Sunday, June 16, 2013

A Storm of Swords by George R.R. Martin

It's been a long while since I last read a fantasy novel. It might even be something I left behind as early as middle school after exhausting the Lord of the Rings and all the associated appendices, Hobbits and Silmarillions. The appeal of fantasy is evident, but it also comes with a price: the vast worlds, bloodlines and histories of high fantasy are brought together through elaborate storytelling that sometimes leaves readers exhausted. This exhaustion makes readers wary of searching new worlds and opening the next saga.

A Song of Fire and Ice (the book series that's the source for the brilliant HBO adaptation) is nothing if not humongous. A total of five books have been published with at least two more to come. The books themselves rarely settle for under 1000 pages, and rival LOTR in both depth and scope. A Storm of Swords is the third instalment in the series, and it is where I decided to start my new quest into the world of fantasy literature. I left the first two books alone, since I already had a good grasp of things thanks to the TV show.

A Storm of Swords is a brilliant book that takes its time to get going (as fantasy always has) but really delivers in terms of content and plot. At the end, most of story archs have come to satisfying (or gruesome) ends that almost felt that there was no serious need to read any of the further works. What Martin does best is grow characters gradually and deliver satisfaction in terms of outcome. I don't want to go into specifics, since the plot points would only interest those who should not see them; the television series is currently only half way through the this book, which means that some significant plot points have yet to be revealed.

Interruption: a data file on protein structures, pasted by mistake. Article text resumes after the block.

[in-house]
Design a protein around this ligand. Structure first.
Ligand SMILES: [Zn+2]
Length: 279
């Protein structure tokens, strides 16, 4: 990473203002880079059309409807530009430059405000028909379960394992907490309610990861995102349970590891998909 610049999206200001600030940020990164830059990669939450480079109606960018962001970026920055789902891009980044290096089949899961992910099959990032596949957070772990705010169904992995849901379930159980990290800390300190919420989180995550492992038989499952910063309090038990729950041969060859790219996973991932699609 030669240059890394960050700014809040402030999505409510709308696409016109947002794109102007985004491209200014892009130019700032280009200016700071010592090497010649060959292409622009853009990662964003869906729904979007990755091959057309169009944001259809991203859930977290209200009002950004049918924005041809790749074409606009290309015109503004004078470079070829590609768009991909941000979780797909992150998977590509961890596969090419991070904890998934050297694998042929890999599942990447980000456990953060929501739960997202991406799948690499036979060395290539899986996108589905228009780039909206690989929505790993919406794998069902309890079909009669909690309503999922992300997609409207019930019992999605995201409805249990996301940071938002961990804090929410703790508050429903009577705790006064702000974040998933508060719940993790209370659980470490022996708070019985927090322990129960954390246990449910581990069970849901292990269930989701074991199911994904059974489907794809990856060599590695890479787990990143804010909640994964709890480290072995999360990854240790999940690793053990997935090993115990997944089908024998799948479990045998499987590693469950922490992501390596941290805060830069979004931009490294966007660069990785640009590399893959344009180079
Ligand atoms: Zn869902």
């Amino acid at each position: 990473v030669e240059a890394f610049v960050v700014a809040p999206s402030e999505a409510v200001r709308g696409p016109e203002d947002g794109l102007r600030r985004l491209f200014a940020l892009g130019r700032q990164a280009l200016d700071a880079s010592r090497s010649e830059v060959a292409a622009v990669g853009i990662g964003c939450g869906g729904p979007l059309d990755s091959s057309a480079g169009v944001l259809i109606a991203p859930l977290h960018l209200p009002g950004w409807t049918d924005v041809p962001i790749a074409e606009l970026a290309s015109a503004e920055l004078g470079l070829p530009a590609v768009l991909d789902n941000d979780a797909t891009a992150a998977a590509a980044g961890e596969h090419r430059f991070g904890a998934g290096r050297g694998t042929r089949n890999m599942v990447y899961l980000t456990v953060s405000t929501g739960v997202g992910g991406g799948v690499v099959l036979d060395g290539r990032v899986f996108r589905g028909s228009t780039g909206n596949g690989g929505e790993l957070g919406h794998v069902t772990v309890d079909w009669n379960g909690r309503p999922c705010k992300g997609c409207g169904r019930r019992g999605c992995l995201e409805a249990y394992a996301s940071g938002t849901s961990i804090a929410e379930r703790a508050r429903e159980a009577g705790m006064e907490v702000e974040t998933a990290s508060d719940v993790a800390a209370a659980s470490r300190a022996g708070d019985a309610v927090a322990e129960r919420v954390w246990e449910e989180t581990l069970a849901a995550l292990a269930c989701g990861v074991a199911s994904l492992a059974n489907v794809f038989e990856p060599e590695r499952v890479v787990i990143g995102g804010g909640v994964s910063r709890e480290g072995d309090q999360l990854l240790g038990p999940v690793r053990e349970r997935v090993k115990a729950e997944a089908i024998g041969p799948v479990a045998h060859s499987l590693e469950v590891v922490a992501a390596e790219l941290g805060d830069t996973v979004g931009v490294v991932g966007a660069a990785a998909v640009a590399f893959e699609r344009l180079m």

For some reason, watching the TV series really brings more depth to the books as well. After reading the book, I realized just how brilliantly the actors had been chosen, and how the source material had been changed slightly and each and every time for the better. One of the only problems with A Storm of Swords, for me at least, was the lack of stable or reliable female characters. The series has deftly changed the dynamics of the story so that certain elements feel more deep and sincere, among them an additional depth to most of the main female cast.

In the end, these two parts of the puzzle create something better than the sum of their parts. In a way, this is probably one of the reasons why Game of Thrones seems to be on everyones lips: a multi-media approach to storytelling combined with a beautiful fantasy world.

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